The new revival of Lanford Wilson’s Burn This, directed by Michael Mayer, officially opens April 16. But the cast celebrated a night early, greeting the press April 15 to talk about the heated exchanges happening nightly on the stage of the Hudson Theatre.
The play stars Keri Russell as Anna—a dancer and aspiring choreographer dating a successful screenwriter, Burton—who lives with her two roommates Larry and Robbie. When Robbie, her friend and muse, is killed in a freak accident, his brother Pale barrels into her life as they all figure out how to grieve.
As Anna, Russell gets to find her stage chemistry with three leading men in three very different relationships. That’s her favorite part of the show—which marks her Broadway debut. “That's what's so fun about this play. That’s what Lanford created so well. That idea of your chosen family and Anna, and I think people who live in really big cities have that,” Russell said “There’s a New Year’s Eve scene and she has the boyfriend and she has her best friend and that's home to her, that's all she needs, all she thinks she needs until this animal of a force comes into her life."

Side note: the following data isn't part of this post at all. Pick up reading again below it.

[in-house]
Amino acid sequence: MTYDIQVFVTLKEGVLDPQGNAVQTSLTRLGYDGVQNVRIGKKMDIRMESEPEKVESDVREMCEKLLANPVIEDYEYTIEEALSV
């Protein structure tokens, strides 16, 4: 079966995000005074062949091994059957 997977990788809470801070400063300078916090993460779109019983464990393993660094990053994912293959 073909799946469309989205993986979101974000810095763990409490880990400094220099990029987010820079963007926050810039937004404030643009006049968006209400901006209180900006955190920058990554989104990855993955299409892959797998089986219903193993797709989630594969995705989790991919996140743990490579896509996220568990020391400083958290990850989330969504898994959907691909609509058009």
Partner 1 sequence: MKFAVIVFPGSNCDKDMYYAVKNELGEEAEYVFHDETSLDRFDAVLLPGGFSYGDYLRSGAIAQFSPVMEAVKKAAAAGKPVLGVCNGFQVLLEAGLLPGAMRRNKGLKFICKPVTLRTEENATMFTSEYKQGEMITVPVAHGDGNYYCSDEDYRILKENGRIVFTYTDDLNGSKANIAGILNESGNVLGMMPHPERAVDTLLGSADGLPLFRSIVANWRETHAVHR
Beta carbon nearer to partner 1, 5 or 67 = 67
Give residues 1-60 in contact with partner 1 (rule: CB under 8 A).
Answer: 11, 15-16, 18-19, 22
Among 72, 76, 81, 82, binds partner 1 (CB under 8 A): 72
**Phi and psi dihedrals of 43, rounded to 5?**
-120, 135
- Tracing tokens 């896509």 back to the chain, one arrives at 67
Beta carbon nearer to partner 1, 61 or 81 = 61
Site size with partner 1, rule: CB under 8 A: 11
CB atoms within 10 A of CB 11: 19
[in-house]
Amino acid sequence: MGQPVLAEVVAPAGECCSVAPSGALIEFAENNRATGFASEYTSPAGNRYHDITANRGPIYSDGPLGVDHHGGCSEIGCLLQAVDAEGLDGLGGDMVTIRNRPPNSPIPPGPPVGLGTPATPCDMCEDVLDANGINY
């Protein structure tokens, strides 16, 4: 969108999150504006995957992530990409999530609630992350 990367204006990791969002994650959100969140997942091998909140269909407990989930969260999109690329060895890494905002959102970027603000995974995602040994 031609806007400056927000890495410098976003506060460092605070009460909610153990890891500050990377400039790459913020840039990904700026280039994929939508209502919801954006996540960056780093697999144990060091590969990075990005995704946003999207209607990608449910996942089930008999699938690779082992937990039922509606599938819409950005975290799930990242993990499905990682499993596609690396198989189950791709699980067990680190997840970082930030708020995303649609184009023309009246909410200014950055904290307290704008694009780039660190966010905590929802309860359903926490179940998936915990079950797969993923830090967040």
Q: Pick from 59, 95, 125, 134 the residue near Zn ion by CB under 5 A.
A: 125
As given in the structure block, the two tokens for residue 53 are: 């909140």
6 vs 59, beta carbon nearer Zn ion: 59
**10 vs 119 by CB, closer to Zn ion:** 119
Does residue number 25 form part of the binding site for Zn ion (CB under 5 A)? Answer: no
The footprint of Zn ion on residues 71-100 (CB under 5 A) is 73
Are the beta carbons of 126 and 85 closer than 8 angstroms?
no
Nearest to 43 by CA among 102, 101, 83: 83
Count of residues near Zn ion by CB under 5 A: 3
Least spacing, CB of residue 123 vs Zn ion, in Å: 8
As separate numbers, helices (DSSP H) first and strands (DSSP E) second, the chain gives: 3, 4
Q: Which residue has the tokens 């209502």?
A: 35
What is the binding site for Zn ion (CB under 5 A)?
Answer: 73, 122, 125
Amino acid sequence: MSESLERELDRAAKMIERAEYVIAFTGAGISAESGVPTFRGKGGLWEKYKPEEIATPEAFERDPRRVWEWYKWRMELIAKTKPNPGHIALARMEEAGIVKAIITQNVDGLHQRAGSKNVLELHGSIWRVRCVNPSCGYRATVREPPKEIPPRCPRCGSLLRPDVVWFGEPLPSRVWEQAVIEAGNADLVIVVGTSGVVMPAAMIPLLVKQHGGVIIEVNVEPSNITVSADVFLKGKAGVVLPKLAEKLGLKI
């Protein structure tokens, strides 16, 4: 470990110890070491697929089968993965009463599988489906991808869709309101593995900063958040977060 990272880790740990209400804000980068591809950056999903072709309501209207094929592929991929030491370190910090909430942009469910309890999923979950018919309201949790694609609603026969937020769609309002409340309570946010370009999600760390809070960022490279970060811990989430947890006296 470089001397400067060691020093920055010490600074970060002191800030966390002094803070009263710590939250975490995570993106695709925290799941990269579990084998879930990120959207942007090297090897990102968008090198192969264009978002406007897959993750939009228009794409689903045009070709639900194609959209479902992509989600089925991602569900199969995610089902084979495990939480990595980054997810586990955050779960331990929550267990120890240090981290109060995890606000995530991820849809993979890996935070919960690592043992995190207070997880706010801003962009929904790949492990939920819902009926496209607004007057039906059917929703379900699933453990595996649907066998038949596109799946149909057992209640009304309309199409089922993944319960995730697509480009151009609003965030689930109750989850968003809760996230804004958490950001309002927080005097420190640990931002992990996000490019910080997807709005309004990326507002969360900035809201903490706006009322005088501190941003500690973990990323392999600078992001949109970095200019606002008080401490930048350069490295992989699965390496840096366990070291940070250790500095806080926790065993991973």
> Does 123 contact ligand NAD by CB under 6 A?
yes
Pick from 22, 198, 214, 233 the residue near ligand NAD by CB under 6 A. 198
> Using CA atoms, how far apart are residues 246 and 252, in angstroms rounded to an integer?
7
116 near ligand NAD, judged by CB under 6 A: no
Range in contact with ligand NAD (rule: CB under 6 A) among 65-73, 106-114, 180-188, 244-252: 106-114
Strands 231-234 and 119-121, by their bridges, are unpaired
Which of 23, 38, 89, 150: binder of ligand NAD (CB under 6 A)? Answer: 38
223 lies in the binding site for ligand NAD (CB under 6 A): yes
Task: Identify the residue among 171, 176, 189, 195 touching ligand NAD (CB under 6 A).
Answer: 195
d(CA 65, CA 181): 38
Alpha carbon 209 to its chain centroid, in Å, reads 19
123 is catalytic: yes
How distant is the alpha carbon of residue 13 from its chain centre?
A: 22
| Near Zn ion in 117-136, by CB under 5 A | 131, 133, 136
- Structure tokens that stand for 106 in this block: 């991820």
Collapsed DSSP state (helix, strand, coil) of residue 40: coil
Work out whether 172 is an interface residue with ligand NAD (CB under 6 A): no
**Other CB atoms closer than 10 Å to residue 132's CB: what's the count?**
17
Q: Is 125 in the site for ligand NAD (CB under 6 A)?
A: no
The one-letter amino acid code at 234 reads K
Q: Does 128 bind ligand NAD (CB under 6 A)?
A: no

Russell also relishes working with her friend Adam Driver, who plays Pale: “Working with Adam is just fun, because it's present every time and it's different every night.”
Driver made his Broadway debut in 2010 and returns to the stage for the first time since his star has risen with Girls, Star Wars, and an Oscar nomination for BlacKkKlansman. “The idea of not being able to articulate grief was something that I thought was obvious to me about what I understood about him," he says of Pale.
But Driver also confessed that he’s found a secondary message in the play. (Watch the full video above.)
Russell and Driver are joined by two-time Tony nominee Brandon Uranowitz as Larry and Tony nominee David Furr as Burton. Uranowitz confesses that Larry may be the character he’s played that resonates most with who he is. “It's a very liberating thing to do,” he said. “I always feel like all of the characters that I play all come from me, obviously, it's just about digging deep into my existence and my humanity to find whoever these characters are. Larry exists closer to the surface for me.”
As for Furr, Burn This is a far cry from his previous Broadway credits which range from King Lear to Noises Off. “That’s one reason I really wanted to do it because so much of what I've done in New York City is high British comedy or style or Shakespeare,” he said. “I think it's been since I took over in Who’s Afraid of Virginia Woolf? back in 2005 that I've just gotten to sit around and talk to people, and this is one of the reasons I wanted to do this play.”
Watch the full interviews from the opening celebration above. Follow Playbill on Facebook to watch all of our live from the red carpet specials each opening night on Broadway.